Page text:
"Dr. Ratnam is convinced that Louisiana log haulers are the 'toughest of the toughest' because he told me that all the chemo and radiation that he gave me would have killed any other man he had ever treated. I just told Dr. Ratnam that neither he nor I had much to do with my surviving cancer, it was my faith in God that did it!"

The Lifetime Achievement Award was presented to Taylor by LFA President, David Cupp and LA Logging Council President Buzz Jenkins during the recent Louisiana Forestry Association Convention in Shreveport. In part of the award ceremony for Taylor, C.A. "Buck" Vandersteen had this to say about his longtime friend: "Travis Taylor has been part of every milestone in the logging industry in the last 20 years."

It was in 1997 after Taylor was chosen by the LLC/LFA as "Outstanding Logger of the Year" that he began to spend more and more time out of the woods participating in activities relating to issues facing the logging industry such as those dreaded TMDL's and the huge controversy about the expiration of the Canadian Softwood Agreement."

Taylor was instrumental in the core group that formed the Louisiana Logging Council of which he served two terms as both Vice-President and President. As a holder of a "Master Logger" certification from the LLC, he was also part of the LLC leaders who approved the template for the standards of "certified logger program." Later, Taylor Logging was certified as one of the first businesses in Louisiana under the "Smart Logging Guidelines."

"We do have some great opportunities ahead of us as Louisiana Log haulers because of activities in the development of the wood pellet industry in Louisiana," Taylor explained. "I'm looking forward to the opportunities that German Pellets are offering at Urania, and Drax at Bastrop and Gloster."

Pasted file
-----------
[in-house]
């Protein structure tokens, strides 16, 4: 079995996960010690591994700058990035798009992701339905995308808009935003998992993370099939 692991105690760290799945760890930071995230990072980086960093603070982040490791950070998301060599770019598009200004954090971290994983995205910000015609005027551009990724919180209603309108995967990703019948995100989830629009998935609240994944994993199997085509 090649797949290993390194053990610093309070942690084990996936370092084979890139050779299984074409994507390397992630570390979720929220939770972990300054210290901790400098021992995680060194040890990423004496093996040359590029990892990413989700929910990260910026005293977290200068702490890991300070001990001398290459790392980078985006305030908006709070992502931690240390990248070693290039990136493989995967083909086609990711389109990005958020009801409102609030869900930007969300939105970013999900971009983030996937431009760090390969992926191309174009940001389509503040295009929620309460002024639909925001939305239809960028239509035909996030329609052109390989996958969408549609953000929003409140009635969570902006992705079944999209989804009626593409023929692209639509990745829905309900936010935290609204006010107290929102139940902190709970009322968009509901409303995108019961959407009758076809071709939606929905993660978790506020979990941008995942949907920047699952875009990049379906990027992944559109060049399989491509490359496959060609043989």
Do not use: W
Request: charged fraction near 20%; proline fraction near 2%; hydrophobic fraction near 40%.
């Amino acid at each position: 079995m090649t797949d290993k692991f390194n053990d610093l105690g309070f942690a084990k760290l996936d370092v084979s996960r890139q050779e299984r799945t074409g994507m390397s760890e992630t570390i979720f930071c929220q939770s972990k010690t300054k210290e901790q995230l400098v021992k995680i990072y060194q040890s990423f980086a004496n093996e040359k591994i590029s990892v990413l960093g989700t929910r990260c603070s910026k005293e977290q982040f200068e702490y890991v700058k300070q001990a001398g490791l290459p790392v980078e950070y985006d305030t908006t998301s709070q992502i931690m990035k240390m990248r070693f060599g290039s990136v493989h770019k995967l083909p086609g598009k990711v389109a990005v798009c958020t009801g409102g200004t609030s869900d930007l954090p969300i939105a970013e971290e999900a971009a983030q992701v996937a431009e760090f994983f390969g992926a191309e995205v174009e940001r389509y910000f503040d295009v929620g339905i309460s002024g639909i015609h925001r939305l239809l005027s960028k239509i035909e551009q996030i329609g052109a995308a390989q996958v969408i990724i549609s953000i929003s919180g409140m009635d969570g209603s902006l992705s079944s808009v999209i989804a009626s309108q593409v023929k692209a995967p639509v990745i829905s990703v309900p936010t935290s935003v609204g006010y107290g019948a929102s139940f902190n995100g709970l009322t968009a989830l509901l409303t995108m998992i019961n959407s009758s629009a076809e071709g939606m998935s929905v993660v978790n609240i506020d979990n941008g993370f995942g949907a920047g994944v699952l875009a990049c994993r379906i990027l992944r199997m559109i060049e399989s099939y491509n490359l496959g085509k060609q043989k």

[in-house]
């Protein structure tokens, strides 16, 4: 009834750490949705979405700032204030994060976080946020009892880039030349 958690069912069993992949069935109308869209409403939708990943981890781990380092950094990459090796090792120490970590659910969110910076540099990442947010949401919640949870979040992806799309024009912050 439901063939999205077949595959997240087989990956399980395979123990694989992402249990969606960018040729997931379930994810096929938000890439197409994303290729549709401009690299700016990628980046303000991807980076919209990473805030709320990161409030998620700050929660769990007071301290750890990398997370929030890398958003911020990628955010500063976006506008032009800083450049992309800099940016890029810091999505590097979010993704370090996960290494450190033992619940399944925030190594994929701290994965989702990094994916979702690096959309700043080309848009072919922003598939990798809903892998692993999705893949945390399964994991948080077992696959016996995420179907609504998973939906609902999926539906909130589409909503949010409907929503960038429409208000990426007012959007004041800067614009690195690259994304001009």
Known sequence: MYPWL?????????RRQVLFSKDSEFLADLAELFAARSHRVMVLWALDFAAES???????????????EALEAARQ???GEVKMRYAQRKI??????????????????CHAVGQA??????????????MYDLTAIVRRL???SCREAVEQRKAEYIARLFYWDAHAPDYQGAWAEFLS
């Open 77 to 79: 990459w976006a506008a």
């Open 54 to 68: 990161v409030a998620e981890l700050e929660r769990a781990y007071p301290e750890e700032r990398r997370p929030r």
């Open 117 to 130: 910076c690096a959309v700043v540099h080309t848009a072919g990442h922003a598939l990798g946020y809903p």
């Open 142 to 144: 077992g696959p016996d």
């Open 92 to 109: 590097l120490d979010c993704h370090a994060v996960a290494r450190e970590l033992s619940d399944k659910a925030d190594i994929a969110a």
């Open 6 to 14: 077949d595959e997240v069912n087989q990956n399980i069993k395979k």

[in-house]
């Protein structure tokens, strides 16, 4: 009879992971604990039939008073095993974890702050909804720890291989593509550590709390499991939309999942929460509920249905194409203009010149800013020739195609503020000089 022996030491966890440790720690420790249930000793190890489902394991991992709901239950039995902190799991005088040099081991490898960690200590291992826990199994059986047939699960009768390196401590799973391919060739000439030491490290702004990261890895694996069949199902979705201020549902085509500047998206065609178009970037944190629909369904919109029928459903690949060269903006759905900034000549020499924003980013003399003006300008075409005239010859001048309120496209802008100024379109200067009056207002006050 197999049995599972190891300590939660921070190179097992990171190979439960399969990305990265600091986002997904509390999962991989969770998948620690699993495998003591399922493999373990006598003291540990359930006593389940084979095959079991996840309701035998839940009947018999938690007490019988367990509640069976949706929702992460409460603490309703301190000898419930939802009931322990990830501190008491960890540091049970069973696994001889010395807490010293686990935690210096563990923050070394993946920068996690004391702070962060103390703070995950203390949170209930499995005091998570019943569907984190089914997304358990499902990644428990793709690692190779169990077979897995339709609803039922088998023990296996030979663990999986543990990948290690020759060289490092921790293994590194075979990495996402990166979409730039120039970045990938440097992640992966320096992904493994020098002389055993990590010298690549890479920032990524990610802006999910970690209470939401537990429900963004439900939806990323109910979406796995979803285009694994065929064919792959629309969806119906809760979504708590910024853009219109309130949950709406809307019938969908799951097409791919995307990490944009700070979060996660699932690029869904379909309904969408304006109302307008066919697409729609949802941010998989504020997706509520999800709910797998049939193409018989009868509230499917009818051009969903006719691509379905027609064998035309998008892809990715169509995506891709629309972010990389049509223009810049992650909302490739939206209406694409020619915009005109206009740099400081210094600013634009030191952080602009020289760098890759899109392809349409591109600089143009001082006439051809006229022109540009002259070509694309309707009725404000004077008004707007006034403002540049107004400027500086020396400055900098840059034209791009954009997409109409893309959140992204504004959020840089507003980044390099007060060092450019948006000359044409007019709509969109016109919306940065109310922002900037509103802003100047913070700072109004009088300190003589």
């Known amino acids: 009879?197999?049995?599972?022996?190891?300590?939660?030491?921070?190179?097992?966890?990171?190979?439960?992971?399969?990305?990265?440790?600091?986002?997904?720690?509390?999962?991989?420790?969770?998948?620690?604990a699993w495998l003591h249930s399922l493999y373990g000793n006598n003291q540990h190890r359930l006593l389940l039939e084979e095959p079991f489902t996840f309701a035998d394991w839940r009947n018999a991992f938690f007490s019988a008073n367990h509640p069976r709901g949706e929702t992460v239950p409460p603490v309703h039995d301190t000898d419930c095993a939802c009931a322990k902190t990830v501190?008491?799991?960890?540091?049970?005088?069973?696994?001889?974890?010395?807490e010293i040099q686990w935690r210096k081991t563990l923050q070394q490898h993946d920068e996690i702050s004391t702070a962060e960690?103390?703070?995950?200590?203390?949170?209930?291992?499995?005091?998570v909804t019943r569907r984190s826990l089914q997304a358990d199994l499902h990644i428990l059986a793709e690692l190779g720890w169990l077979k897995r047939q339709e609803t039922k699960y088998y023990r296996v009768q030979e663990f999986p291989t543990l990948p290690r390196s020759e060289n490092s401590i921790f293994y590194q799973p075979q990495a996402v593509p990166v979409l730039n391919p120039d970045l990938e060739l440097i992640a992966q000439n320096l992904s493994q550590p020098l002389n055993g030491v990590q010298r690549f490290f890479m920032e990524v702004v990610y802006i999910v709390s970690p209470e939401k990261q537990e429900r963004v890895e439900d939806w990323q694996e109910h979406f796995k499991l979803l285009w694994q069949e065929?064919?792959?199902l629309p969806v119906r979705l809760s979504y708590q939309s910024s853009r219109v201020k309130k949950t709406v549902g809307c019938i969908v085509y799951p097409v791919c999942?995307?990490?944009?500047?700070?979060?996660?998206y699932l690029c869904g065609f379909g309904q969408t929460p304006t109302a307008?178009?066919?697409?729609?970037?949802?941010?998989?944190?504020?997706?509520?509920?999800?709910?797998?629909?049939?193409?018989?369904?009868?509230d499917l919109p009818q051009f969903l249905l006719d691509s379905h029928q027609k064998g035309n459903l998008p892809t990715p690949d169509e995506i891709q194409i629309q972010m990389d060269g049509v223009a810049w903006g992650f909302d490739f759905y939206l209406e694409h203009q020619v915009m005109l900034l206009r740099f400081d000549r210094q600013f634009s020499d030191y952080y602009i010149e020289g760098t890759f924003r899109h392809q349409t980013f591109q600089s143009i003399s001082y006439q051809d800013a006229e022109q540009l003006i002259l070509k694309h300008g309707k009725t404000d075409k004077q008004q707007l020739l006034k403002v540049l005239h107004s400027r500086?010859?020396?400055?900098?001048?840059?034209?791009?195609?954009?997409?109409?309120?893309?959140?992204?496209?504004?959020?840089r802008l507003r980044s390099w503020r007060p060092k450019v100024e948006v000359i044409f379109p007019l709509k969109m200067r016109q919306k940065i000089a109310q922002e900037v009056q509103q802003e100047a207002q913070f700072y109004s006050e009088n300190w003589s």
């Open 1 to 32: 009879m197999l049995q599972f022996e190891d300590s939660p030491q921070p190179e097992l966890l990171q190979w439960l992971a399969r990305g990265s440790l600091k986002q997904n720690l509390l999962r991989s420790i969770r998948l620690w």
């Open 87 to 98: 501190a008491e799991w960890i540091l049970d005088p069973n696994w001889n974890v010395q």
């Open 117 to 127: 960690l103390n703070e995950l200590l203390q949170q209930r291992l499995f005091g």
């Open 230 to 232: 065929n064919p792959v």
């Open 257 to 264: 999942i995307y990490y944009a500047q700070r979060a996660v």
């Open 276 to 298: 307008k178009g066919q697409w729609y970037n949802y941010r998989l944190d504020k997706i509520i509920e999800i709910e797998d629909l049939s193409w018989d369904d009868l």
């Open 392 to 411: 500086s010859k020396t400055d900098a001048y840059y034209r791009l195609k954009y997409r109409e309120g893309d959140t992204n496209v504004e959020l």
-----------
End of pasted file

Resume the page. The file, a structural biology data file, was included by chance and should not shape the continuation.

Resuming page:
In late 2002, Taylor was one of the founders of the investment group in Vanguard Fuels in Pollock to make an alternate renewable fuel from biomass. Taylor's concept was to produce diesel fuel from biomass. After delivering a load of wood to the facility in Pollock, a trucker could fill up his diesel tanks with green renewable diesel for his return trip to the logging woods.

Although the dream of making diesel fuel from wood did not materialize, Vanguard Synfuels became the first full scale production facility in Louisiana to produce diesel fuel from soy bean oil.

In 2005, Taylor and a group of loggers founded the Southern Loggers Cooperative (SLC) to help loggers save money on diesel fuel and other supplies used by loggers and truckers in the logging woods. In 2014, SLC has nearly 1,500 members in the cooperative who consume nearly 2 million gallons of diesel fuel monthly.